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Animal neglect case inspires documentary about Chichester recovery farm

  • Sharon Morey snuggles up to Neptune at Live and Let Live Farm in Chichester. Both Morey and Neptune are featured in the documentary premiering at Red River Theatres on Wednesday. GEOFF FORESTER / Monitor staff



Monitor staff
Tuesday, January 02, 2018

Teresa Paradis is no stranger to suffering.

The executive director of Live and Let Live Farm in Chichester has cared for hundreds of abused and neglected animals in her decades-long career.

But in that time, Paradis said, one case stuck with her more than most.

It was 2003, when Paradis received a tip about a farm in Northfield where five horses were being boarded. When she got there, she saw stallions trapped indoors, tied to poles without room to move. The barn’s floor was coated in feces, beams and rafters collapsed, parts of the roof blown away.

“It was like a dungeon,” Paradis said. “You couldn’t breathe – your lungs and eyes burned.”

It took more than 10 years and multiple complaints to the town and the state before the horses were seized in 2014. A yearslong court battle ensued, as blame was passed between the owner of the farm, Bert Southwick, and the two owners of the horses. All these years later, a plea deal was finalized for one owner, Joanie Osgood, as late as October 2017. She agreed to serve a month in jail and pay $34,126 in restitution to the farm.

The story inspired local filmmaker Rebecca Howland to create a documentary based on the case and the work of Live and Let Live Farm, one of the largest farm rescues in New England.

Howland’s film, Voices in the Dark, is premiering at Red River Theatres at 6 p.m. Wednesday.

Howland said she was motivated to work on the film when she began volunteering at Live and Let Farm in the spring of 2016, shortly after quitting her office job to become a documentary filmmaker.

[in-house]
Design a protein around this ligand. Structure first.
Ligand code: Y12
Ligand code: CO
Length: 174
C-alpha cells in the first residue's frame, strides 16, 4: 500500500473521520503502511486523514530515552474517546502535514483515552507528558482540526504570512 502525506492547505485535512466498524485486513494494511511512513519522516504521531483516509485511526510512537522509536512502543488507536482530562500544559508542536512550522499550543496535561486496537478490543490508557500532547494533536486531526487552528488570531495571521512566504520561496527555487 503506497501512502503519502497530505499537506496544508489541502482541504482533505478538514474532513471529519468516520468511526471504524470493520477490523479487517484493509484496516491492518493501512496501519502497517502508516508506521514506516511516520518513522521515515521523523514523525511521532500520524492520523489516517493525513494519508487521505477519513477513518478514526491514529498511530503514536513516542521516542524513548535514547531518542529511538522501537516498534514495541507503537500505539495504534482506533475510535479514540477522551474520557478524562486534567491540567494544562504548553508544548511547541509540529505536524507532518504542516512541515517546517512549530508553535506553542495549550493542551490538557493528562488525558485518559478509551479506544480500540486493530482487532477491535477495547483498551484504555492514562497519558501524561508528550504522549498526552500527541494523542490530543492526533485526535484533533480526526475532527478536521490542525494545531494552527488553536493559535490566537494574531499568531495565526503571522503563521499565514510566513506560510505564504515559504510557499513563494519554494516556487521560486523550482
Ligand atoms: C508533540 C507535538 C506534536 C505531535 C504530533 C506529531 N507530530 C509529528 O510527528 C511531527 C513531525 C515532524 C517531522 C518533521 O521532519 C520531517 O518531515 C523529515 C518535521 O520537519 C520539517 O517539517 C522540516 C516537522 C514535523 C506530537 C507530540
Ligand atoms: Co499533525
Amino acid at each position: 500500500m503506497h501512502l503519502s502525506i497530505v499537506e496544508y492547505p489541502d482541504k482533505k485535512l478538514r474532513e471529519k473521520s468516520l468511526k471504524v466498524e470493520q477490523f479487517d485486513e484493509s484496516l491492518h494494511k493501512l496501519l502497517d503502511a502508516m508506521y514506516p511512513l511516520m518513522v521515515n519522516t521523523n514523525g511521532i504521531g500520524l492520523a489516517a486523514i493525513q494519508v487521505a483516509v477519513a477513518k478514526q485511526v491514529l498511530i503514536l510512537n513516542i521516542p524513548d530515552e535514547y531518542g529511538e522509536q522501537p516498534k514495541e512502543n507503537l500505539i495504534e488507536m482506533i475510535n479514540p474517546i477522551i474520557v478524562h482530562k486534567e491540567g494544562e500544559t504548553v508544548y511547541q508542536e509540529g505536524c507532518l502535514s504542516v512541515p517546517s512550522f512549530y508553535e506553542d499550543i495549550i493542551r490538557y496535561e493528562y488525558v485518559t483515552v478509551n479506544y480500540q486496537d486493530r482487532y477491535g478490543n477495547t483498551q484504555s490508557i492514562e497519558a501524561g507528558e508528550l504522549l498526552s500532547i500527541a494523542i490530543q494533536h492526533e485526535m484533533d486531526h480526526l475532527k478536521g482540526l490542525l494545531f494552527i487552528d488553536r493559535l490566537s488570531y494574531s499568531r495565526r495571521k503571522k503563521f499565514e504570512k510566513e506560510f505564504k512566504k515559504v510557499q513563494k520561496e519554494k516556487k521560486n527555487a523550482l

Howland quickly developed a relationship with Neptune, a white horse with blue eyes who was seized in Northfield two years before. When Neptune came to Live and Let Live, he had never been brushed before. He startled easily – it was even difficult for Howland to get Neptune to lift his hooves to be cleaned.

However, as time went on and Neptune progressed, Howland became hopeful and inspired by the work at Live and Let Live Farm.

“As a filmmaker, sometimes you hear a story that jumps out at you that you know would really interest people,” she said. “This was one for me.”

Howland was still working on a documentary about Concord stagecoaches, which premiered at Red River Theatres in July, when she began researching the Northfield case and shooting at Live and Let Live in her spare time.

She interviewed Paradis and other volunteers about their experience at the farm, which not only takes in animals from New Hampshire, but also has rescued animals from as far away as New Mexico and Manitoba, Canada.

“We seem to be the last choice that people have,” Paradis said. “There’s nowhere else for them to go.”

The farm houses 75-80 horses, and everything from dogs and cats to mice, rabbits and parrots.

Live and Let Live Farm celebrated its 20th anniversary in 2017. Last year, the farm had 500 volunteers that logged 5,000 hours of work.

Voices in the Dark premiered for a group of Live and Let Live Farm volunteers last Saturday at Red River, for the farm’s anniversary celebration.

“I was blown away with how well she put it together,” Paradis said. “I cried throughout the whole movie.”

Paradis recommends that people who want to see the film purchase tickets in advance.

(Leah Willingham can be reached at 369-3322, lwillingham@cmonitor.com or on Twitter @LeahMWillingham.)